5α-Reductase plays an important role in the metabolism of norethisterone, and 5α-reductase inhibitors such as finasteride and dutasteride can inhibit its metabolism. [ citation needed ] Norethisterone is partially metabolized via hydroxylation by CYP3A4 , and inhibitors and inducers of CYP3A4 can significantly alter circulating levels of norethisterone.  For instance, the CYP3A4 inducers rifampicin and bosentan have been found to decrease norethisterone exposure by 42% and 23%, respectively, and the CYP3A4 inducers carbamazepine and St. John's wort have also been found to accelerate norethisterone clearance. 
Diabetic patients must follow a regular, prescribed diet and exercise schedule to avoid either hypo- or hyperglycemia. Fever, thyroid disease, infection, recent trauma or surgery, diarrhea secondary to malabsorption, vomiting, and certain medications can affect requirements of antidiabetic agents; dosage adjustments may be necessary. Diabetic patients should be given a 'sick-day' plan to take appropriate action with blood glucose monitoring and their antidiabetic therapy, including liraglutide, when acute illness is present. Temporary use of insulin in place of oral antidiabetic agents may be necessary during periods of physiologic stress (., burns, systemic infection, trauma, surgery, or fever).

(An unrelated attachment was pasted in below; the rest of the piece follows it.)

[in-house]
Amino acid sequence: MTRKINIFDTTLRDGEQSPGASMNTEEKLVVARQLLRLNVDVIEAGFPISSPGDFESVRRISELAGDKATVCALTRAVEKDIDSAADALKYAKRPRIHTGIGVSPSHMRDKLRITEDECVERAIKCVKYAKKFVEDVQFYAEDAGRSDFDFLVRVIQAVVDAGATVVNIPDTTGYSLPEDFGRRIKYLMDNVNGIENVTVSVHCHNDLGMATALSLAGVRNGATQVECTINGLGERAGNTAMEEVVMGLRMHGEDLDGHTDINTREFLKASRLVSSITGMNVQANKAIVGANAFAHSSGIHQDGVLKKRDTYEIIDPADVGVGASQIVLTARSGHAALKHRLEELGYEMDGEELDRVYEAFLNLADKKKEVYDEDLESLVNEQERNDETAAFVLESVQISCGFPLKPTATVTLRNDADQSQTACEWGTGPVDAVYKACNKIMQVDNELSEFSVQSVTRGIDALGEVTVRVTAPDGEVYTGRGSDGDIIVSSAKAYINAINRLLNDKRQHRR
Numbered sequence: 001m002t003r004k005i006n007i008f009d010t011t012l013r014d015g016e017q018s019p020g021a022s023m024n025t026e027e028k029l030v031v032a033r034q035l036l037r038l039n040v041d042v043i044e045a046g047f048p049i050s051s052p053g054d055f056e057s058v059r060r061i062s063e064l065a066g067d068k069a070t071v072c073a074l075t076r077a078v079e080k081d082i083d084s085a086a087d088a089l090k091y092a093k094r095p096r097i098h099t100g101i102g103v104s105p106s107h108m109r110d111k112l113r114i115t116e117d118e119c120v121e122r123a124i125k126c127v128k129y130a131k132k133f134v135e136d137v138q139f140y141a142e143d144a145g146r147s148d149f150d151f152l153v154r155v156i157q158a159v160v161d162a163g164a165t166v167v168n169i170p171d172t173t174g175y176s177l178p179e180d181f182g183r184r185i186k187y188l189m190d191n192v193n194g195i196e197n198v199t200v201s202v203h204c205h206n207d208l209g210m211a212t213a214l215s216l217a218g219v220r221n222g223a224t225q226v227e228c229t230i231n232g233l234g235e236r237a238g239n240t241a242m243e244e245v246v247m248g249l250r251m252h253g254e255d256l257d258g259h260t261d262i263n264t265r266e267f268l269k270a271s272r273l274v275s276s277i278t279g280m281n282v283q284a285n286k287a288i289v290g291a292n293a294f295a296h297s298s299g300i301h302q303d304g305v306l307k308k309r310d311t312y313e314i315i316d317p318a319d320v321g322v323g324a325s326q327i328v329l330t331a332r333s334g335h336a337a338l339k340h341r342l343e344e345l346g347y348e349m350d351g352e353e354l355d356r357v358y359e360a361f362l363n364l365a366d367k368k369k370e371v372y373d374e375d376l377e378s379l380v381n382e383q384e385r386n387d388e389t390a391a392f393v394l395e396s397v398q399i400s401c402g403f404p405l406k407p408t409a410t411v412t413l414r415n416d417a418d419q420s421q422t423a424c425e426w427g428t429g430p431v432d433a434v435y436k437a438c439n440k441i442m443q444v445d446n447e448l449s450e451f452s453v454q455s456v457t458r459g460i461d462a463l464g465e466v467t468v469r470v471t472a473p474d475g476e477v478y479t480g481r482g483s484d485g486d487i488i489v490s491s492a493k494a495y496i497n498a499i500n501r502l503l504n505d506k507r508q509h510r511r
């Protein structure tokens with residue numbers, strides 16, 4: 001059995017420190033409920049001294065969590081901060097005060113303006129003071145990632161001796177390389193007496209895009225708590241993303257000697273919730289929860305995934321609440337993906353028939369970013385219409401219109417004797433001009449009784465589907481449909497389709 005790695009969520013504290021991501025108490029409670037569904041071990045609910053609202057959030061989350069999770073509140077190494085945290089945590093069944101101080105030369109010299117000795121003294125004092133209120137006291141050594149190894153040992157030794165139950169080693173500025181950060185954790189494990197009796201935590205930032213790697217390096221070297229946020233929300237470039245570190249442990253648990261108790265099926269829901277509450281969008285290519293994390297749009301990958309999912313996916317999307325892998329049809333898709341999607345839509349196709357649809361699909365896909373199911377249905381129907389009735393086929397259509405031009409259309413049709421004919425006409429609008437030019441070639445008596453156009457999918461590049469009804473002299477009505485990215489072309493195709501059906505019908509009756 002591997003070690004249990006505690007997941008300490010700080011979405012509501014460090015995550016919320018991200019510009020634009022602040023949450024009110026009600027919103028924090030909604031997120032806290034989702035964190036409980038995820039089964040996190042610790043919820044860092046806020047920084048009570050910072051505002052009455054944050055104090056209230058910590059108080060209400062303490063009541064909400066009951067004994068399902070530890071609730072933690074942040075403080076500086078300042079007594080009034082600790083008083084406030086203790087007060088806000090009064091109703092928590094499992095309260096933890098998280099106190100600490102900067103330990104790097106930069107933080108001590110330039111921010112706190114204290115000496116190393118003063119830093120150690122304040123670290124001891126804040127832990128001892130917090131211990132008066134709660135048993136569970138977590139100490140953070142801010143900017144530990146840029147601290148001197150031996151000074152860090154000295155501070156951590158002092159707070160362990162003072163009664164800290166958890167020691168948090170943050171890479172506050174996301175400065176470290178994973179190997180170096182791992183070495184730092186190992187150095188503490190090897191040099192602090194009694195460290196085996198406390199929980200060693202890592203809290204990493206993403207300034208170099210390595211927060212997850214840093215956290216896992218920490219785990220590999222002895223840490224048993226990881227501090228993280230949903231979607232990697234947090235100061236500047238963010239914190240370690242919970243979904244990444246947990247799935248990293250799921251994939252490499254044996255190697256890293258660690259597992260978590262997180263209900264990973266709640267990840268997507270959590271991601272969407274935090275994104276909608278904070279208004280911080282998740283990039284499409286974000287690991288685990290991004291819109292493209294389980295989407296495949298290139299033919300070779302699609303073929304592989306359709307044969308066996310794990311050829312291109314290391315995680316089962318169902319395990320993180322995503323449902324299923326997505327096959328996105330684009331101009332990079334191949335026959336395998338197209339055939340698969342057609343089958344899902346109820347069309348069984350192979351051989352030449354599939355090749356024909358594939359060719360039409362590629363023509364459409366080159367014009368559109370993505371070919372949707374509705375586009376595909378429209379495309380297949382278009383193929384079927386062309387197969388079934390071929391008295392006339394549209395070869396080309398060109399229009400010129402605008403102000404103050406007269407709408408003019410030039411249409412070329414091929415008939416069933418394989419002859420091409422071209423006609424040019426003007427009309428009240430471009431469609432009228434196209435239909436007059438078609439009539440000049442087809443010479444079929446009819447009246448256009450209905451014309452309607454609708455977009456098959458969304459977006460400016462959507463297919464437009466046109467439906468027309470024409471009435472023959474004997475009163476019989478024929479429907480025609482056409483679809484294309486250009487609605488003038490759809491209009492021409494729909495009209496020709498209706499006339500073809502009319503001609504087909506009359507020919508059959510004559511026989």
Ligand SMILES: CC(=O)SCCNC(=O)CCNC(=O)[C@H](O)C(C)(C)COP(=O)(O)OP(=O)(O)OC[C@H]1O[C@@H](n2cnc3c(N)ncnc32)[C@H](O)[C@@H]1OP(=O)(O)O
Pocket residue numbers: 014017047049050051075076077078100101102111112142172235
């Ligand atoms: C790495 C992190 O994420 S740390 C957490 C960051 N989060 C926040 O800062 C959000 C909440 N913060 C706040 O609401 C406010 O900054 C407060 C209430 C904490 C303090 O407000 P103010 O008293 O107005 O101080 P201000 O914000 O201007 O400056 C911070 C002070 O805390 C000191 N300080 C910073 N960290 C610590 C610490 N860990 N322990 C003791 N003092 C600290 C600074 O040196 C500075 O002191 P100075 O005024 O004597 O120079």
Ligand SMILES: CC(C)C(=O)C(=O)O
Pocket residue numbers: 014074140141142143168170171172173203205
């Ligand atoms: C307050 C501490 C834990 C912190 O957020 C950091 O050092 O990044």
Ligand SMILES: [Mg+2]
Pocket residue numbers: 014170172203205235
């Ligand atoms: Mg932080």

Laws and Penalties: Concerns over growing illegal AAS abuse by teenagers, and many of the just discussed long-term effects, led Congress in 1991 to place the whole AAS class of drugs into Schedule III of the Controlled Substances Act (CSA). Under this legislation, AAS are defined as any drug or hormonal substance, chemically and pharmacologically related to T (other than estrogens, progestins, and corticosteroids) that promotes muscle growth. The possession or sale of AAS without a valid prescription is illegal. Since 1991, simple possession of illegally obtained AAS carry a maximum penalty of one year in prison and a minimum $1,000 fine if this is an individual’s first drug offense. The maximum penalty for trafficking (selling or possessing enough to be suspected of selling) is five years in prison and a fine of $250,000 if this is the individual’s first felony drug offense. If this is the second felony drug offense, the maximum period of imprisonment and the maximum fine both double. While the above listed penalties are for federal offenses, individual states have also implemented fines and penalties for illegal use of AAS. State executive offices have also recognized the seriousness of AAS abuse and other drugs of abuse in schools. For example, the State of Virginia enacted a law that will allow student drug testing as a legitimate school drug prevention program (48, 49).